Ok so loans can be helpful, so what do we do with that? I am definitely not saying that everyone should be borrowing a lot of money. If the interest on your loan is close to the annual inflation rate, then you should consider keeping the loan and use any extra money to invest in compounding assets. If you have some cash in hand I’m sure you would prefer to pay off your loans first. Its a huge mental relief for sure, but there is an opportunity cost to it. It might be worthwhile to consider investing the cash rather than paying off the loan (only if its a low interest loan). However, this is not applicable always, especially in periods of recession, or when the stock market is at all time highs. I guess the take away from this should be that loans aren’t all that bad, they can actually be really beneficial in growing wealth over long periods of time.

Important Note: High interest loans should be paid off as soon as possible.

Other Investments

Real estate is another investment that everyone wants in. Its great in a way because you almost always buy real estate with a loan, so you are taking advantage of inflation as we just saw. There are plenty of other factors to consider here. I will have to dedicate an article just for real estate.

Cryptocurrencies have been all the buzz last couple of years. Just a bubble filled by hype or real prospects? I’ll be writing about the Evolution of money and will cover how Bitcoin specifically can be the money of the future. Once you are convinced, I am sure you will choose to allocate some percentage of your investments towards Bitcoin.


Here are some portfolio allocation charts that are good references regardless of where you are in your journey as an investor.

Portfolio 1:
This portfolio is for people who do not have a property or don’t plan to buy one in the near future. The miscellaneous section can include individual company stocks, commodities, cryptocurrencies, real estate investment trusts etc. Bank deposits are generally low yielding but usually slightly higher than the inflation rate, so you’re still increasing your purchasing power.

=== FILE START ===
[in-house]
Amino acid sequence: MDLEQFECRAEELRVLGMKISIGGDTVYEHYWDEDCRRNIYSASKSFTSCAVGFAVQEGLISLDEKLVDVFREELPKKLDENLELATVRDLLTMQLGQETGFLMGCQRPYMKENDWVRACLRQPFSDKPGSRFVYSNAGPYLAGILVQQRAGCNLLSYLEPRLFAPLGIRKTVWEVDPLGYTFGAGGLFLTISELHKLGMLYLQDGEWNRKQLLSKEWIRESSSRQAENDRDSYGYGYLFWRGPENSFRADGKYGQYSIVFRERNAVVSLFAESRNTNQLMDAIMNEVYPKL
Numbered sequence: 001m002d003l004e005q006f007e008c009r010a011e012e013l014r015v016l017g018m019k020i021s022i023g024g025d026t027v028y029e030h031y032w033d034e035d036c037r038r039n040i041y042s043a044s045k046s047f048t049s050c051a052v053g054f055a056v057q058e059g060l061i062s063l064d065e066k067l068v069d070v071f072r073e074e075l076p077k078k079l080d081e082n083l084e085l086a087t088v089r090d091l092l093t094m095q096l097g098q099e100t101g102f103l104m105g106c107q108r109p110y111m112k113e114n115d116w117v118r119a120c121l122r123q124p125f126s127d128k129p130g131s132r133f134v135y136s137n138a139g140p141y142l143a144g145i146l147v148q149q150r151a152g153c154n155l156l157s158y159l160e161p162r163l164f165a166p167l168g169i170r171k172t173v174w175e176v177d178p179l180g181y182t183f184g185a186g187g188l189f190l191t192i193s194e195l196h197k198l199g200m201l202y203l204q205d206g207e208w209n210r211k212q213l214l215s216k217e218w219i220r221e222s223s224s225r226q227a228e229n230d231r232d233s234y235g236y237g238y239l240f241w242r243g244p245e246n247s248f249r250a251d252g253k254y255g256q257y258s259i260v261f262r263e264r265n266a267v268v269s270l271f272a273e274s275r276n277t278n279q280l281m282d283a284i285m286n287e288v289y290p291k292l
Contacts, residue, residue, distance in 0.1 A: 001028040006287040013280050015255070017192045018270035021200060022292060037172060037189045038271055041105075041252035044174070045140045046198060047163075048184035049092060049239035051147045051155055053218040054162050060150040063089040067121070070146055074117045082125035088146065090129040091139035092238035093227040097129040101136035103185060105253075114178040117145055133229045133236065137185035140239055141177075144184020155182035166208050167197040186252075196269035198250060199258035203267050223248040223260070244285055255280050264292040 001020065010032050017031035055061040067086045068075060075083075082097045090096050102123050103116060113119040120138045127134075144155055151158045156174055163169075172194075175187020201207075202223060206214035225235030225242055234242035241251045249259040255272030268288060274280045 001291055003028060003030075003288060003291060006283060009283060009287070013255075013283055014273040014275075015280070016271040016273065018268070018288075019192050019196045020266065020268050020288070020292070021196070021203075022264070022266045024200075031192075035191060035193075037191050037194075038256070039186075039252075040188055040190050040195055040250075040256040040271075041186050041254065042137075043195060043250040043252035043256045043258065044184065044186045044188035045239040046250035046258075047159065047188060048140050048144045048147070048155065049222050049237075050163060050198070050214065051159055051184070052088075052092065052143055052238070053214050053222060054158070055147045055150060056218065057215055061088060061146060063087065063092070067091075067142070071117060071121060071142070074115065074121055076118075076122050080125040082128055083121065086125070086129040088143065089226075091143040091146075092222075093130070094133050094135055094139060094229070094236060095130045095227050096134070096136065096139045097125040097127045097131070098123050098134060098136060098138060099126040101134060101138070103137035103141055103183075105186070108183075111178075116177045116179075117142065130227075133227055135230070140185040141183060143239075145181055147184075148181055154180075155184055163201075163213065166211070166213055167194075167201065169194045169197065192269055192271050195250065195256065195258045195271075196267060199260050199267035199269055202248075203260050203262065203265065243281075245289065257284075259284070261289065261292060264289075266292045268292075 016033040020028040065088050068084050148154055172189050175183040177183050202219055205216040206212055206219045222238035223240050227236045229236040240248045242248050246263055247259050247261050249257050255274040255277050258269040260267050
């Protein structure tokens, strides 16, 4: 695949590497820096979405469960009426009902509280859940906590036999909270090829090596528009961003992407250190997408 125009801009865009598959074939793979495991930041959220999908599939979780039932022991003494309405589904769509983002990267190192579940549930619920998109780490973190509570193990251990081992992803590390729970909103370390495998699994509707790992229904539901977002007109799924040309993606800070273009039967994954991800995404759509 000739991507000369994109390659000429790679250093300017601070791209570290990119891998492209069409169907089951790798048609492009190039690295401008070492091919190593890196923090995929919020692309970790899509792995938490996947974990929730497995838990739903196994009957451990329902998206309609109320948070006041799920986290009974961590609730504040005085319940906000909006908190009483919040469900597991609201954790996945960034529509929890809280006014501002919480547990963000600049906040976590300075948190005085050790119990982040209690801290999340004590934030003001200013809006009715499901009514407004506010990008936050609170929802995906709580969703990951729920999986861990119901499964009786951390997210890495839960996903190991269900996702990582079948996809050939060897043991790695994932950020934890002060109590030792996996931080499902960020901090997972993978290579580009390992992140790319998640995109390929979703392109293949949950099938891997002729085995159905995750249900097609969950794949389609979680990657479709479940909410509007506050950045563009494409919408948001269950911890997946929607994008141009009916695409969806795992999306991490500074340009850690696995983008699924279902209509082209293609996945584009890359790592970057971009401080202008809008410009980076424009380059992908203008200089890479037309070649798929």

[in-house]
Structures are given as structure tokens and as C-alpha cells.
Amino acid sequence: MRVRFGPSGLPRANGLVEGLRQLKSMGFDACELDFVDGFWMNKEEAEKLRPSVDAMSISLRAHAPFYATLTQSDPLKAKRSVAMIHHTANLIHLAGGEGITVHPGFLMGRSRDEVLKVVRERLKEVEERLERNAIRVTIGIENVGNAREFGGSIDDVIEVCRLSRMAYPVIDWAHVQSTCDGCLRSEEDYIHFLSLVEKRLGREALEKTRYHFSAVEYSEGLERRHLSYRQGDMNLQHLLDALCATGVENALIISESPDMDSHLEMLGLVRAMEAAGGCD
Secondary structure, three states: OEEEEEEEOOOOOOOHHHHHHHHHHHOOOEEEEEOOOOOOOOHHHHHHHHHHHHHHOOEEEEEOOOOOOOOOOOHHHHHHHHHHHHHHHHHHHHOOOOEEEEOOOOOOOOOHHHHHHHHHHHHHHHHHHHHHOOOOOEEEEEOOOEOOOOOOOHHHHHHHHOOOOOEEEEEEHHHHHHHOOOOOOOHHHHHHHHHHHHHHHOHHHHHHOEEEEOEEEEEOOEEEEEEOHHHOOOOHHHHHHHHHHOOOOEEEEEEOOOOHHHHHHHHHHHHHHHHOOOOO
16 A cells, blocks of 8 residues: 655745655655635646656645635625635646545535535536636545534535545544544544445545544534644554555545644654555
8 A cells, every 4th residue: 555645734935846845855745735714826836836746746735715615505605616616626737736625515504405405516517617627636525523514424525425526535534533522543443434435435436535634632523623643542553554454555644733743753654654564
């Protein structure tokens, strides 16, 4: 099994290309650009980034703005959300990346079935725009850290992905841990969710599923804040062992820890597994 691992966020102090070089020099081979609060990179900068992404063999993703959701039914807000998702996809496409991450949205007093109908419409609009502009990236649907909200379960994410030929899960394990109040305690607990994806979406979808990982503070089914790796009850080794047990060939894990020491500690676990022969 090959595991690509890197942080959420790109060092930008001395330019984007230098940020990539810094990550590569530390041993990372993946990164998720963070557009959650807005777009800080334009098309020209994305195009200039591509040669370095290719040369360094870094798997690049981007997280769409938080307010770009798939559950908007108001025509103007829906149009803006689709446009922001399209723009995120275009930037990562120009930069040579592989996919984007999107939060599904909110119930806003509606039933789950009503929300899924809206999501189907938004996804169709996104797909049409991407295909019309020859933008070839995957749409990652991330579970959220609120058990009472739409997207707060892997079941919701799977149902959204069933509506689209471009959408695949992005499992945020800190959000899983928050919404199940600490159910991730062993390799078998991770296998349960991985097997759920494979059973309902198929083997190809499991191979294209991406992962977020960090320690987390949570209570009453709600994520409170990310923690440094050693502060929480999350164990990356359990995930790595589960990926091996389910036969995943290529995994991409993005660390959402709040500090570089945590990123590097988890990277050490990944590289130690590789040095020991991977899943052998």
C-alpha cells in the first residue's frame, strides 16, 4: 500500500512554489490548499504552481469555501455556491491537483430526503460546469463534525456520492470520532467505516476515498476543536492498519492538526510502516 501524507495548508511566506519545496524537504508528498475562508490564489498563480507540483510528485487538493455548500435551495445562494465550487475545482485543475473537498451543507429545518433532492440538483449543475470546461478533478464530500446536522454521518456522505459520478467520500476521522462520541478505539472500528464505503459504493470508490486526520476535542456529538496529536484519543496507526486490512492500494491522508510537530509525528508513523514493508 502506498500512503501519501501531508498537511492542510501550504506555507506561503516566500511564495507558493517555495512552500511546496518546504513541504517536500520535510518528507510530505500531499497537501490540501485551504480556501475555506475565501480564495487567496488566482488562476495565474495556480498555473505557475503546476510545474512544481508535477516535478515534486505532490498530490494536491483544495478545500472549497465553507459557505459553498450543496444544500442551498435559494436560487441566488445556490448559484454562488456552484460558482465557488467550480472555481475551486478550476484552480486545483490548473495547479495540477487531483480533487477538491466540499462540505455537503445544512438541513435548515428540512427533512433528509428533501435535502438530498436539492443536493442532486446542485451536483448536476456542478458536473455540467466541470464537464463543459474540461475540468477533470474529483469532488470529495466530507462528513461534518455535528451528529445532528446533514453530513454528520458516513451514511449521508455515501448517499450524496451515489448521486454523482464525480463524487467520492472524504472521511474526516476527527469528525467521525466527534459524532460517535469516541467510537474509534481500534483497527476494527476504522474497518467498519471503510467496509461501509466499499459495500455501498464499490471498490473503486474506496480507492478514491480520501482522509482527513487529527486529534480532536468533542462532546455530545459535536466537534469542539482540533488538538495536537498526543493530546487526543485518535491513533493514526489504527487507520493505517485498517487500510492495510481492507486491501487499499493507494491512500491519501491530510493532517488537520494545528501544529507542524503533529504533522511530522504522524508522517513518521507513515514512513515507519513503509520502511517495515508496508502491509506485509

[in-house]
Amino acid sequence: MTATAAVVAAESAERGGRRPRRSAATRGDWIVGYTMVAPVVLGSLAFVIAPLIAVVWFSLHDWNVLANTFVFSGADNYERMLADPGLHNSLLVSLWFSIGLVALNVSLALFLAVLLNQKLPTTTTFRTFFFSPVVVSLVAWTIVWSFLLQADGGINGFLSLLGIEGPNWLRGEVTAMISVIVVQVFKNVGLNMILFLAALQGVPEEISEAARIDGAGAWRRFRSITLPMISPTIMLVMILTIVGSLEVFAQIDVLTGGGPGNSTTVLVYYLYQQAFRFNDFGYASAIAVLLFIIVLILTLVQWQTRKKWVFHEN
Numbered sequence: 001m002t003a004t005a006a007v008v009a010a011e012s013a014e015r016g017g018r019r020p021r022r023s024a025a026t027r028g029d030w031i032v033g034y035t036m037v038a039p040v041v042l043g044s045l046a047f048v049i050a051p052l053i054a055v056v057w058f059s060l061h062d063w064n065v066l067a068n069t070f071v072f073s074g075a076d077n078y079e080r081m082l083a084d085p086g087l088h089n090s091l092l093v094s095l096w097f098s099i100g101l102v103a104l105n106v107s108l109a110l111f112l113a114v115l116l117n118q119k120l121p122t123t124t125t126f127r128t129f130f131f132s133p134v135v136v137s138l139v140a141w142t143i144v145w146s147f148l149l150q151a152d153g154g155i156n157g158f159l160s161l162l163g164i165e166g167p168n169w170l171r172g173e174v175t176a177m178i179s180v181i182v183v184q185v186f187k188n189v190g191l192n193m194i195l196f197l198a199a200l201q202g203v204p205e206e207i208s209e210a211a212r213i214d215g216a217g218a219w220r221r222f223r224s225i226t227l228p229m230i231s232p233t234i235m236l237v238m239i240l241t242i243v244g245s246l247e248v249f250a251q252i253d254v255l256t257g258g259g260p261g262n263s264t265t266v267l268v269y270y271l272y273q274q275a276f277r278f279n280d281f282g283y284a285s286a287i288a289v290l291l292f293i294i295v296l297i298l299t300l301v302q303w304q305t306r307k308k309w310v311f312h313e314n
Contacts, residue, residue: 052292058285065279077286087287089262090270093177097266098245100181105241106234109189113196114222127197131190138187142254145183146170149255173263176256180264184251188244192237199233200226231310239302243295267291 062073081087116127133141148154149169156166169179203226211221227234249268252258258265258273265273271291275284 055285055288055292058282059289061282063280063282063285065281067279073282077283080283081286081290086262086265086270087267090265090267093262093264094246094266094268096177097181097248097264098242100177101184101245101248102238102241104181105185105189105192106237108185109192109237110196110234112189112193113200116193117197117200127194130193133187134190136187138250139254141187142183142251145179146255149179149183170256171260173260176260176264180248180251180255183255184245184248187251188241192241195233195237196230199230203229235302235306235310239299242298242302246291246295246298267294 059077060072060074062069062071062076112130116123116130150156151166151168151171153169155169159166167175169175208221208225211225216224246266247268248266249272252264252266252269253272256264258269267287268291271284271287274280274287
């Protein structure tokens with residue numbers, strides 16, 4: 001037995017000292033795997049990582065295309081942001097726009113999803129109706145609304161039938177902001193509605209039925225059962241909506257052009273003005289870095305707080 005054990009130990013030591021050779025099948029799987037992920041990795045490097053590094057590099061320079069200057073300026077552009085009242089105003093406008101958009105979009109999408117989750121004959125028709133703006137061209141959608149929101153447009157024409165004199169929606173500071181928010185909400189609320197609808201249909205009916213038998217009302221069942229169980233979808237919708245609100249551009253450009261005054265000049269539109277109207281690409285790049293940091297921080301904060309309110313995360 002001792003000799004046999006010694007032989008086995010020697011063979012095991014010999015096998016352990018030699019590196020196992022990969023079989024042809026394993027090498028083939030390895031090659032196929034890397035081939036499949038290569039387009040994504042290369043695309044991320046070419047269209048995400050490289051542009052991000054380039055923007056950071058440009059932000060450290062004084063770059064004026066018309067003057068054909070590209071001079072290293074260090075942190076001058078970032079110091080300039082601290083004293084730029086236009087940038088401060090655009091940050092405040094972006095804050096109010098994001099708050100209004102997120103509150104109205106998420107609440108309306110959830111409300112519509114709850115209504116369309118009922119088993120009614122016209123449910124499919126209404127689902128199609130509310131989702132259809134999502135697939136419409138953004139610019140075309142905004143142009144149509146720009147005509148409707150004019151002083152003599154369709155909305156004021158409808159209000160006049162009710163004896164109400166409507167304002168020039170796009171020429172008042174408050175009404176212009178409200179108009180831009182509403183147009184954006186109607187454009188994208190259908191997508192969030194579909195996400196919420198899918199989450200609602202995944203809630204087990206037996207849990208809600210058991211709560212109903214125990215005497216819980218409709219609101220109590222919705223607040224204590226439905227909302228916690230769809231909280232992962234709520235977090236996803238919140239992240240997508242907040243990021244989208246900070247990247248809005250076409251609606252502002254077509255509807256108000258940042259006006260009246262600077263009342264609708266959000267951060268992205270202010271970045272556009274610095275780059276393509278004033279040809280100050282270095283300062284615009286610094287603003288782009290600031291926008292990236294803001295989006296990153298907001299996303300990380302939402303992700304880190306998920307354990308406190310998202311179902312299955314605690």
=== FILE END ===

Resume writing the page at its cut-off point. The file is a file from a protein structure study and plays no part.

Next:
Portfolio 2:
This portfolio allocates a quarter towards real estate, for people who are paying EMIs towards a property or planning to buy one in the near future.

The key to investing is to start. Do not hesitate to enter the markets with the fear of losing money in the short term. The best thing to do is to start off with a small amount. Once you have your skin in the game, you will develop an interest towards learning more and that will give you more conviction. If you are ever in doubt, just look at the images in the section Time in the market vs Timing the market. In the long run, all that matters is how consistent and committed you have been in the market.

Tracking your expenses

As boring as that sounds, it’s probably one of the most important things one should be doing. Categorizing your expenses and tracking your savings can help you see what your essential and non-essential expenses are. A step in the right direction would be to reduce the non-essential expenses and increase your income.

Try doing side hustles

Do you have a passion or a hobby? Think about how you can convert it into a side hustle. Even if its a really small amount, it can have a huge impact over time with the power of compounding.

Things may come to those who wait, but only the things left by those who hustle. — Abraham Lincoln
Reduce your expenses

Think deeply about your expenses. We live in a world where consumerism is rampant, and its easy to get caught up and follow the trend of buying new things all the time. Social media is driving consumerism up by a larger extent.

Spending money to show people how much you have is the fastest way to have less money — Morgan Housel
Last but not the least, most financial experts advise to keep away 6 months of your living expenses in an emergency fund so that you are covered for the rainy day.

CONTRIBUTED BY Curiousotters

Read More: How To Start A Business With No Money

Read More: Money Management Made Super Simple